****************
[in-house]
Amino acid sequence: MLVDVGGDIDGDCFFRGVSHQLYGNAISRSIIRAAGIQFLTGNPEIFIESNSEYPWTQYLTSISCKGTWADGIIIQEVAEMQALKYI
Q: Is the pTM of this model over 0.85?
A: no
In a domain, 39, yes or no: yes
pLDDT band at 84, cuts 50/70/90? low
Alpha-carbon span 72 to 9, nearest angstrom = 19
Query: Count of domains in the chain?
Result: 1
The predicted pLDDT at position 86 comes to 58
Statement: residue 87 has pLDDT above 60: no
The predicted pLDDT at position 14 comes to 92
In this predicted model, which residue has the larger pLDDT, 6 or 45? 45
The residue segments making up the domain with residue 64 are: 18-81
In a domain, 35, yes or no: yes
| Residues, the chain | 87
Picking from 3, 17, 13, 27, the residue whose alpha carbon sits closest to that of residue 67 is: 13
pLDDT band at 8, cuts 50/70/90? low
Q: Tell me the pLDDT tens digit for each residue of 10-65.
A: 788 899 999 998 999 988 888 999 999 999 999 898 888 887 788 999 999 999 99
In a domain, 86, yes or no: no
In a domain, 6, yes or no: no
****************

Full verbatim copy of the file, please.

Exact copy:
[in-house]
Amino acid sequence: MLVDVGGDIDGDCFFRGVSHQLYGNAISRSIIRAAGIQFLTGNPEIFIESNSEYPWTQYLTSISCKGTWADGIIIQEVAEMQALKYI
Q: Is the pTM of this model over 0.85?
A: no
In a domain, 39, yes or no: yes
pLDDT band at 84, cuts 50/70/90? low
Alpha-carbon span 72 to 9, nearest angstrom = 19
Query: Count of domains in the chain?
Result: 1
The predicted pLDDT at position 86 comes to 58
Statement: residue 87 has pLDDT above 60: no
The predicted pLDDT at position 14 comes to 92
In this predicted model, which residue has the larger pLDDT, 6 or 45? 45
The residue segments making up the domain with residue 64 are: 18-81
In a domain, 35, yes or no: yes
| Residues, the chain | 87
Picking from 3, 17, 13, 27, the residue whose alpha carbon sits closest to that of residue 67 is: 13
pLDDT band at 8, cuts 50/70/90? low
Q: Tell me the pLDDT tens digit for each residue of 10-65.
A: 788 899 999 998 999 988 888 999 999 999 999 898 888 887 788 999 999 999 99
In a domain, 86, yes or no: no
In a domain, 6, yes or no: no